On January 3, 2023, the Consumer Financial Protection Bureau (CFPB) issued its annual report of credit and consumer reporting complaints. The report contains a thorough analysis of how the nationwide consumer reporting agencies (NCRAs) responded to consumer complaints in 2022. The 2021 report highlighted how the volume of credit and consumer reporting complaints had increased over the past three years; this trend continued in 2022. After examining over 488,000 complaints that the CFPB sent to the NCRAs, the CFPB found several major NCRA tendencies when responding to complaints and areas in which market participants and policy makers should tailor their priorities.
- The number of complaints with prior disputes reported by each NCRA differs substantially. The CFPB found that a likely explanation for the discrepancy is the NCRAs’ failure to accurately respond to disputes.
- Consumers are receiving more substantive responses. In 2020 and 2021, most complaints received either third party responses or the NCRAs referred the complaints to a dispute channel. In 2022, most complaints received substantive responses specific to the complaint. During the period of time where third-party screening was more prevalent, NCRAs reported giving relief in 14% of complaints, whereas in the less prevalent third-party screening period, NCRAs reported giving relief in over 56% of complaints.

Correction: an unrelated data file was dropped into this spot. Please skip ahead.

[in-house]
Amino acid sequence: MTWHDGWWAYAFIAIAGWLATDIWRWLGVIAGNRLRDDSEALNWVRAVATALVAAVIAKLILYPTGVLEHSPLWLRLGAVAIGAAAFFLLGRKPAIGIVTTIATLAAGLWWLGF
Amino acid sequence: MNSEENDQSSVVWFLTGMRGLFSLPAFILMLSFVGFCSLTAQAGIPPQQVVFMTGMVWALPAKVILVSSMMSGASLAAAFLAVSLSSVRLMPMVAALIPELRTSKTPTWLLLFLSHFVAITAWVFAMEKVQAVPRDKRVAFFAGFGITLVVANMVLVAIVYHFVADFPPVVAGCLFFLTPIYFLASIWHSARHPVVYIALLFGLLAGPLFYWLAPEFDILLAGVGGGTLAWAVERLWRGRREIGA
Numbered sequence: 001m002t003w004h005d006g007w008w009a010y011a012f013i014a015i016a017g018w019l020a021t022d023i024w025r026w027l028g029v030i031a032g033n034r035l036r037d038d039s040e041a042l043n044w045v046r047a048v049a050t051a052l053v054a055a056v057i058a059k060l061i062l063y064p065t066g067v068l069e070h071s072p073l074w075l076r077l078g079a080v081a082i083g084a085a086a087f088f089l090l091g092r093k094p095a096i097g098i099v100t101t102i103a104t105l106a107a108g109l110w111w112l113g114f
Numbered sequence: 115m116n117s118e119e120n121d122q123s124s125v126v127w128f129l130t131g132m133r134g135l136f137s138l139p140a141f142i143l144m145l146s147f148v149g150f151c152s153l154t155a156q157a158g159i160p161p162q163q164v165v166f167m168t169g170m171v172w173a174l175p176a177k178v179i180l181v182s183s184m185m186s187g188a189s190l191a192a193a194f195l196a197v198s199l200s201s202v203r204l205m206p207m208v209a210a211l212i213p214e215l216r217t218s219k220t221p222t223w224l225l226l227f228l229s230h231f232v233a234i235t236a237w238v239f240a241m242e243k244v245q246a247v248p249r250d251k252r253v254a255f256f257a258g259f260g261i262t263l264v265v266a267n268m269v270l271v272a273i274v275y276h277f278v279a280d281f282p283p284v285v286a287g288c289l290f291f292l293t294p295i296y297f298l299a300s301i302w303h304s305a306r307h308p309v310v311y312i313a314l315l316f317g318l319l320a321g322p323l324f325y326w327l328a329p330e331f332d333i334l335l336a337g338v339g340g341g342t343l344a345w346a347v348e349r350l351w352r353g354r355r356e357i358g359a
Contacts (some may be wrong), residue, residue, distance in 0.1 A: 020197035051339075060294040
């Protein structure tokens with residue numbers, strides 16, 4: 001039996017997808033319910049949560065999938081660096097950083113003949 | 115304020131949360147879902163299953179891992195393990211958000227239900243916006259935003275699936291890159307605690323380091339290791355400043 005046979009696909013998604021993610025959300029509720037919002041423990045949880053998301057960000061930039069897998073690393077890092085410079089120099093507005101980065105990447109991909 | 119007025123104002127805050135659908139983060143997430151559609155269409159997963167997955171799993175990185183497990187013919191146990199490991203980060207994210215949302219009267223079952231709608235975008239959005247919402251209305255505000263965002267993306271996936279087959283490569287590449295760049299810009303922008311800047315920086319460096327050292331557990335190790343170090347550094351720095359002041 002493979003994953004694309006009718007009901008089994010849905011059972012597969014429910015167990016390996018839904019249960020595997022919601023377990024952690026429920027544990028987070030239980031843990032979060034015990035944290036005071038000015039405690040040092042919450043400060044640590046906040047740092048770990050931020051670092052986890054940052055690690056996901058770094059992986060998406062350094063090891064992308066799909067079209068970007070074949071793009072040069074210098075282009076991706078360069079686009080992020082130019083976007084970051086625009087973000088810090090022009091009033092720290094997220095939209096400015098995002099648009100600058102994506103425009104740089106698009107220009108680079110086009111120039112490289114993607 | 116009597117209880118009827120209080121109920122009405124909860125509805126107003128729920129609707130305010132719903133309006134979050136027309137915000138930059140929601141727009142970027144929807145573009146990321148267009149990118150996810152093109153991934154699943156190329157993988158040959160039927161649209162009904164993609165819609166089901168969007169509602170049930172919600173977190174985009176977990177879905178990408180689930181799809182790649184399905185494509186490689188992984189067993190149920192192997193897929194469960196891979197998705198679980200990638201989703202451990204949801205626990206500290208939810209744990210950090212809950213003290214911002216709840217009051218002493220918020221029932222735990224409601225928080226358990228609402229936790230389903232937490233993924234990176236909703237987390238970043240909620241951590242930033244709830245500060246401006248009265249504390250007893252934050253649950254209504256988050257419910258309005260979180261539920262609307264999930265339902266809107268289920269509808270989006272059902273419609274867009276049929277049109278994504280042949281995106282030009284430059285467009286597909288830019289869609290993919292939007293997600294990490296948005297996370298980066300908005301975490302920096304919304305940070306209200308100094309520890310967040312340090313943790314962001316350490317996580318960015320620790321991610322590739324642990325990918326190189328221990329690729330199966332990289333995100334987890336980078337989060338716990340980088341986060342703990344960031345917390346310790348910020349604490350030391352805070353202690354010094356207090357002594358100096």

- Most NCRA responses state the outcome of the consumers’ complaints.
- NCRAs are providing increased rates of relief (mostly non-monetary relief in the form of changing a consumer’s credit report).
Market Participants and Policy Makers’ Prioritization
In 2020 and 2021, two out of the three NCRAs decreased their number of staff responsible for responding to CFPB complaints and disputes. With an increase in automation in 2022, the CFPB advised market participants and policy makers to prioritize the following:
- Assessing whether automation is problematically shifting the burden to consumers and away from companies. The CFPB found that NCRAs, consumer reporting agencies (CRAs), and furnishers have evaded their investigatory obligations by mandating that consumers submit specific information with a dispute before the market participant will investigate.
- Reevaluating current systems to adapt to technological advancements. For example, with machines like ChatGPT generating human-like letters, current systems face challenges deciphering whether a complaint is issued by a person or machine.
- Determining alternatives to the current credit reporting system that would give consumers more control over their data. For example, several economies are shifting towards creating bank rules that give consumers the power to control their individual data.
While tailored towards NCRAs, the 2022 annual report sheds light on the ways the CFPB is seeking to regulate and analyze consumer complaints and disputes. All CRAs should consider this information when analyzing their own practices and procedures for responding to complaints and disputes.